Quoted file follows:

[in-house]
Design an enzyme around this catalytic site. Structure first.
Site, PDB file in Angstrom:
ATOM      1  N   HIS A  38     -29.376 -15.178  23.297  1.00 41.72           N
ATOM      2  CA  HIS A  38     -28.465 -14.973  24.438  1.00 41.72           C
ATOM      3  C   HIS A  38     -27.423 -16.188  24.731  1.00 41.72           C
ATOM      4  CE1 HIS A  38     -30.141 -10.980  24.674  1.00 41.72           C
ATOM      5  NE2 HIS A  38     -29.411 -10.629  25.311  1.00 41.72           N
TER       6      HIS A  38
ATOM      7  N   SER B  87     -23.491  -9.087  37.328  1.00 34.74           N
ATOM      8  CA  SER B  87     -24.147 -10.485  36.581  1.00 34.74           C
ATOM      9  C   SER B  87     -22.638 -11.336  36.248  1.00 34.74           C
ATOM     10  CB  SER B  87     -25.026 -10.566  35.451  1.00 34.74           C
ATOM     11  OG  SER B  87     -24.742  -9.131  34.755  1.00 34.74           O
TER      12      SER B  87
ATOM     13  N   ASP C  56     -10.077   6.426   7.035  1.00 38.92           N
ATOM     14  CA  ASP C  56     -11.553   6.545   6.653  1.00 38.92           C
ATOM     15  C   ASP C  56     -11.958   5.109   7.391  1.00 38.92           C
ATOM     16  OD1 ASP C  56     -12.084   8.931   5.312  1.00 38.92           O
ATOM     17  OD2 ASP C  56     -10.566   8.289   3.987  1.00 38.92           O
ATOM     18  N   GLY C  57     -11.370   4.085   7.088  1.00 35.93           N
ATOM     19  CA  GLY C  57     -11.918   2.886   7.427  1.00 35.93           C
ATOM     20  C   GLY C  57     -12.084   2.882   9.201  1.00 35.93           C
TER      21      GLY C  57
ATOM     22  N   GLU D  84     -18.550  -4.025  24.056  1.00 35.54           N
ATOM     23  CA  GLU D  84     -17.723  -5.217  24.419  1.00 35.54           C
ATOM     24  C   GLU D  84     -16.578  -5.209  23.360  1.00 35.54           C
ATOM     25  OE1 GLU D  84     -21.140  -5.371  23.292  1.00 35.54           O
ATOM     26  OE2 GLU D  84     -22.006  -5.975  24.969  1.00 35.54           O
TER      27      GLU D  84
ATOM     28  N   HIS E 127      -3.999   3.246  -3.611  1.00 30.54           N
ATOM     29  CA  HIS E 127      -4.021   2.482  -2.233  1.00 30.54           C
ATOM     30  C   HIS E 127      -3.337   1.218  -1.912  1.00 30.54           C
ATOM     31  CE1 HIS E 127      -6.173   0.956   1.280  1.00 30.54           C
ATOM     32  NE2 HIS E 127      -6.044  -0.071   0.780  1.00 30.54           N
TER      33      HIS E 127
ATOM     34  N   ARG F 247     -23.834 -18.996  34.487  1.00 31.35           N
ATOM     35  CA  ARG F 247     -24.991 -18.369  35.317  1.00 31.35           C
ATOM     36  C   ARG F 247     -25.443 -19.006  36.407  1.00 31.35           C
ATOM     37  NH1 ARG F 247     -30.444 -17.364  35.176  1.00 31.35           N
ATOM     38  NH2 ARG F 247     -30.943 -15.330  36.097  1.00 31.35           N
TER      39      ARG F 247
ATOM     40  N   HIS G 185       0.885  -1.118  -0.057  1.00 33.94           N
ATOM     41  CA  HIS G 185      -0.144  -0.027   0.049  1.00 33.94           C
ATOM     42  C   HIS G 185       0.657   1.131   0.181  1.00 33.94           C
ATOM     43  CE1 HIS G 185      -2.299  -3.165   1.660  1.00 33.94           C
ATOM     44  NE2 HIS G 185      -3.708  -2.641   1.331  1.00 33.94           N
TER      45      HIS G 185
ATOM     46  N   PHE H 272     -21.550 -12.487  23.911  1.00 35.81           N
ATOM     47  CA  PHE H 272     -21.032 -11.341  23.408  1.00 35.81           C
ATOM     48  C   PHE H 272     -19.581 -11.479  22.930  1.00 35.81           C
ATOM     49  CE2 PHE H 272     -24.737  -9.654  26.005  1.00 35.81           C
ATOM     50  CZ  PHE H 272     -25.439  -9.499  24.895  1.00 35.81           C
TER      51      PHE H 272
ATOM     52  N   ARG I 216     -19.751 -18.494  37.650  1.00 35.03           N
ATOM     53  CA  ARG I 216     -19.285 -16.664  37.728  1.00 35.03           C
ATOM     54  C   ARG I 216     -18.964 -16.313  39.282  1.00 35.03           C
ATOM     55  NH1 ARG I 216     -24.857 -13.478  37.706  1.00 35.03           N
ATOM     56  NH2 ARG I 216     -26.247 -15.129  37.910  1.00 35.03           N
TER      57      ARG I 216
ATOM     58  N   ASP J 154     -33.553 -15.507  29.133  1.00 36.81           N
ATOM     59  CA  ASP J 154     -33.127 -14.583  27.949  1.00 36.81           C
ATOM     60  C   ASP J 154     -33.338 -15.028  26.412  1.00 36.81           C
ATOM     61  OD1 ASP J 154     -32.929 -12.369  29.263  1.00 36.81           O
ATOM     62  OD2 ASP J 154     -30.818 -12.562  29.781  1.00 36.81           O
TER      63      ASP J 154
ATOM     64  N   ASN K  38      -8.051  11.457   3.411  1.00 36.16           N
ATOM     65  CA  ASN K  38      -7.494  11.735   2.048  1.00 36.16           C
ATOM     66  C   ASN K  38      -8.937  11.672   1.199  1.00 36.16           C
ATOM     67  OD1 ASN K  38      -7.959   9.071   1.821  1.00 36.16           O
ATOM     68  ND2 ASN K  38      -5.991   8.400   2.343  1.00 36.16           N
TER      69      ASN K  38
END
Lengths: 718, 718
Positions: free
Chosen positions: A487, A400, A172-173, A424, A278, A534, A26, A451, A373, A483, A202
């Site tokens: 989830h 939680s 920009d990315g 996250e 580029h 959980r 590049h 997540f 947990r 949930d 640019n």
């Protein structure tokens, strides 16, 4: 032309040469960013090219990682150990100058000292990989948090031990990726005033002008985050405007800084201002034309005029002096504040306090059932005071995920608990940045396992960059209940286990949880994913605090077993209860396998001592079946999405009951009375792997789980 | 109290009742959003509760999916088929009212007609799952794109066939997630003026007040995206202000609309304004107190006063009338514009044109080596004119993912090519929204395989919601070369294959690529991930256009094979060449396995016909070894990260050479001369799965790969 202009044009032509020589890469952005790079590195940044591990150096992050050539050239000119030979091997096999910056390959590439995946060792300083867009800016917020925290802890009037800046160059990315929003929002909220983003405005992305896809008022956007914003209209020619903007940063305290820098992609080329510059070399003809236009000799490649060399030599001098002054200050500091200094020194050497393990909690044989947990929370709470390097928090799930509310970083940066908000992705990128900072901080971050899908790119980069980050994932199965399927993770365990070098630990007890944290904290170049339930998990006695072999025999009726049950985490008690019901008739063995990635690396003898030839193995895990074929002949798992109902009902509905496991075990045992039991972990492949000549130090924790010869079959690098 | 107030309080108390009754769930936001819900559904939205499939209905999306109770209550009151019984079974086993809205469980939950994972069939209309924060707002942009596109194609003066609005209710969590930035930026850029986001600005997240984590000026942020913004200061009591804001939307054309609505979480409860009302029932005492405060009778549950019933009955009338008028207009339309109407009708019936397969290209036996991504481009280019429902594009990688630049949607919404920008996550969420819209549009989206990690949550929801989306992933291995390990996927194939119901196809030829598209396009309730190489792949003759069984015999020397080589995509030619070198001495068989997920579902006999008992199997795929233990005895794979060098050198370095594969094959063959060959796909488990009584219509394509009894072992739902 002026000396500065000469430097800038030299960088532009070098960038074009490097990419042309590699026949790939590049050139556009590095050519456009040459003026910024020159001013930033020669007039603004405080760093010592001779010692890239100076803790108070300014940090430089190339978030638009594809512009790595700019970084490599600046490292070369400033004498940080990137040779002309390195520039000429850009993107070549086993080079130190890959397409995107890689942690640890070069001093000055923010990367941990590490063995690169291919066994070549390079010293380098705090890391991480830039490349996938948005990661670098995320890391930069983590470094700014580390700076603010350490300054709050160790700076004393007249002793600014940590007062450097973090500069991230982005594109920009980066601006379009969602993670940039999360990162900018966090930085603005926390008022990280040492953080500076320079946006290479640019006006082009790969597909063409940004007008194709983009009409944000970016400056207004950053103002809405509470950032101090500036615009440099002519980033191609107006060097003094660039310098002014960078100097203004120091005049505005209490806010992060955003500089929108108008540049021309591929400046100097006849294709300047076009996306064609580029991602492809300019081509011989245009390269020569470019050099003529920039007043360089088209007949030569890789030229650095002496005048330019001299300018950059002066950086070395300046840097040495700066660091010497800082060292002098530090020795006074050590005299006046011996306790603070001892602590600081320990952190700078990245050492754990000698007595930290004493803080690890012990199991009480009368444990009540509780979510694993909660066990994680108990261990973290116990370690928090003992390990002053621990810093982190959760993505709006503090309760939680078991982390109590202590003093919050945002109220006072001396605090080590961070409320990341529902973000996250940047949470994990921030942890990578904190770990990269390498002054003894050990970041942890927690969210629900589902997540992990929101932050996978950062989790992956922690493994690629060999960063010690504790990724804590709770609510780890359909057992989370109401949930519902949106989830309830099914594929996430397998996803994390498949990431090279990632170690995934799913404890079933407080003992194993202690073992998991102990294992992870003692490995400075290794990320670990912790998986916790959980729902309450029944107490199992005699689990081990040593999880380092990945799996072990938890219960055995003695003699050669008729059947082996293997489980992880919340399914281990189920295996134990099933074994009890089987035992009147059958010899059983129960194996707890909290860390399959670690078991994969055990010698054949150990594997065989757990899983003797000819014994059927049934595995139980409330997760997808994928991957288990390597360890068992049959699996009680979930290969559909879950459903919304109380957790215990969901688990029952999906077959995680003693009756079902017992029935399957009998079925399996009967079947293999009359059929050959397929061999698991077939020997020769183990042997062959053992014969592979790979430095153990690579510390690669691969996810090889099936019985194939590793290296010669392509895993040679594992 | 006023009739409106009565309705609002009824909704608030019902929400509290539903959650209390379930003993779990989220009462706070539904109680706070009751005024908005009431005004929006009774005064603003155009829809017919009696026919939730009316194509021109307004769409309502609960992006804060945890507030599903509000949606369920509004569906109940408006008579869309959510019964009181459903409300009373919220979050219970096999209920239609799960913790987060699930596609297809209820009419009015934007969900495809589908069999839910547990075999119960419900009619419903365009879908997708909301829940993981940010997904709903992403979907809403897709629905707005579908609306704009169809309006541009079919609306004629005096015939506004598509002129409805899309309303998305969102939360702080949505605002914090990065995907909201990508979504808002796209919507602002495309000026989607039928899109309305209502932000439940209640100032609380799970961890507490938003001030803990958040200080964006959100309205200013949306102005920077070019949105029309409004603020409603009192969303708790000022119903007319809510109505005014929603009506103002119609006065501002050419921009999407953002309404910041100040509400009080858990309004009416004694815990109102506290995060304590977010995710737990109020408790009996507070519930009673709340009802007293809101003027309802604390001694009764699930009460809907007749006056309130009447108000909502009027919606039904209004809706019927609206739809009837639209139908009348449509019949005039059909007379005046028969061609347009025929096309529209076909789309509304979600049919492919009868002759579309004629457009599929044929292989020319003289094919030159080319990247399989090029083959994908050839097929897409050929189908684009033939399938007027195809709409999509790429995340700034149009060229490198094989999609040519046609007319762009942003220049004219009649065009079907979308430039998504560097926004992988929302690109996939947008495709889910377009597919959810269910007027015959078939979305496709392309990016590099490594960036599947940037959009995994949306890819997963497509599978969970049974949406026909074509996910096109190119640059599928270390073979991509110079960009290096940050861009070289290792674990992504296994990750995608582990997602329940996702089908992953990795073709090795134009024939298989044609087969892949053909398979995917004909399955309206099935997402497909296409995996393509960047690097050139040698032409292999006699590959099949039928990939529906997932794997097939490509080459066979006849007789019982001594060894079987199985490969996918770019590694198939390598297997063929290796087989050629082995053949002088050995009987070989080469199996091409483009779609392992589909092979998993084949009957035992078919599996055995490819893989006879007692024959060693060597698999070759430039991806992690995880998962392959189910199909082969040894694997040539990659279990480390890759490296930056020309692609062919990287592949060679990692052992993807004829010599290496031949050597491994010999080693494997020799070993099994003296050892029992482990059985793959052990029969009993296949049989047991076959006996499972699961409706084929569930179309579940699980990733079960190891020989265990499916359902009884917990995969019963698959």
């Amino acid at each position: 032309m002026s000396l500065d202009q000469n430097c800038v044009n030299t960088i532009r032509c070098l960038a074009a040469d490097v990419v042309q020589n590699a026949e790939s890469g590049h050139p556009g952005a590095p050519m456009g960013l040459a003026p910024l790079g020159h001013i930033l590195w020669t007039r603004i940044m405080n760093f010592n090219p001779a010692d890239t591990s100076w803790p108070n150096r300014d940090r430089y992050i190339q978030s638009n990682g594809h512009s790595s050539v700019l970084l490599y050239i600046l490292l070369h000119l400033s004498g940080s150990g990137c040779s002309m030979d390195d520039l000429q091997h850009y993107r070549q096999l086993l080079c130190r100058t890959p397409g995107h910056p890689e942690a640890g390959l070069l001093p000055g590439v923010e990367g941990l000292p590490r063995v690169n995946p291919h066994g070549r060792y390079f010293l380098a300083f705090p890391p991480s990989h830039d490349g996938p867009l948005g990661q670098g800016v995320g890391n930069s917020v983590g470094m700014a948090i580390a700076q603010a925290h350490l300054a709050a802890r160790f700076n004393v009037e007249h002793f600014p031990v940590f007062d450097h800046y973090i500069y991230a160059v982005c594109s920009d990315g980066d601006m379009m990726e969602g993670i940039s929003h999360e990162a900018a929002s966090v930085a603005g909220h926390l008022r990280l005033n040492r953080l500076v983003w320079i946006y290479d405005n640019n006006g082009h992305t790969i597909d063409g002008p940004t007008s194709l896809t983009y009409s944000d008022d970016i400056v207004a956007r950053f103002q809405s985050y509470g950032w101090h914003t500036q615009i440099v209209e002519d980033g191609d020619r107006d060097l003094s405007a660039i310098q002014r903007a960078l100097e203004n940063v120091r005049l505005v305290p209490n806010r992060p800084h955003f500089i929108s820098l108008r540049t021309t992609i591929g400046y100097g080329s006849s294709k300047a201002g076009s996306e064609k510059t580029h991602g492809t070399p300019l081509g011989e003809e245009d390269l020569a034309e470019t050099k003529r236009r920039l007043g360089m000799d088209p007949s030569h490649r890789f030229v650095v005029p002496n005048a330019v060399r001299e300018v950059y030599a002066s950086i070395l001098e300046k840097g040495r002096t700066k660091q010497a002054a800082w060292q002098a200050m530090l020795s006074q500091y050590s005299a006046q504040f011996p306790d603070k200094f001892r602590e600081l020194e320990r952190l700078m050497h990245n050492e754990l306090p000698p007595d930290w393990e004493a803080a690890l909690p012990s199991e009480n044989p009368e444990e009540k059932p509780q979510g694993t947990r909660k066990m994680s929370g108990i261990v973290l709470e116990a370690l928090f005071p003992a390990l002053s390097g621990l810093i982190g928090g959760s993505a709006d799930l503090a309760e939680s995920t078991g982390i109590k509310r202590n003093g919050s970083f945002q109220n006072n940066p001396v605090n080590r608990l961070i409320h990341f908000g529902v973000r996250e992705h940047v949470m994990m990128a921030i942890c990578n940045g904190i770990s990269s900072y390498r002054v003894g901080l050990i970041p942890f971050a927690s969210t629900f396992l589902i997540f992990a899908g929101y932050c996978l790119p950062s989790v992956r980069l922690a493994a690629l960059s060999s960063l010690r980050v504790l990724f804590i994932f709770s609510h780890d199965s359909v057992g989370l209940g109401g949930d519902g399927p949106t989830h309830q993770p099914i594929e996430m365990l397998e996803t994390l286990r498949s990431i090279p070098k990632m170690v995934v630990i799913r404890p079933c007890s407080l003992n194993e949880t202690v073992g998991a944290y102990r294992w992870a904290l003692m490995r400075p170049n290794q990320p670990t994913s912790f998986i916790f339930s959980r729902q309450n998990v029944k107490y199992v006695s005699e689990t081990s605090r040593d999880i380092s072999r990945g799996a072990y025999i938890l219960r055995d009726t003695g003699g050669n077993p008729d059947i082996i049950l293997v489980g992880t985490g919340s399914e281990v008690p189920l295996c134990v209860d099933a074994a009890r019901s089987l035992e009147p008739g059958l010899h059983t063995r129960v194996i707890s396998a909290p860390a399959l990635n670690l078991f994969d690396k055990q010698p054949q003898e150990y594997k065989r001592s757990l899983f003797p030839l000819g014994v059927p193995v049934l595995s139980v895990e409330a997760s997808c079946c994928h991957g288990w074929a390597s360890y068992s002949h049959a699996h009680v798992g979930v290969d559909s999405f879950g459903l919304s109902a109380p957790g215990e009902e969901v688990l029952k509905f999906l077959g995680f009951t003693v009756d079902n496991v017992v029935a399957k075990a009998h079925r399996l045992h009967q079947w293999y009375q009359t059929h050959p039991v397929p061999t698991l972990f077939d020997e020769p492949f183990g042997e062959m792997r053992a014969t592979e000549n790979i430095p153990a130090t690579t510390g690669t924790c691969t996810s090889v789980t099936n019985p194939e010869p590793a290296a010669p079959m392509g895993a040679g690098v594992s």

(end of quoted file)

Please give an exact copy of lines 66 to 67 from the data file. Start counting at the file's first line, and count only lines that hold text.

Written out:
TER      63      ASP J 154
ATOM     64  N   ASN K  38      -8.051  11.457   3.411  1.00 36.16           N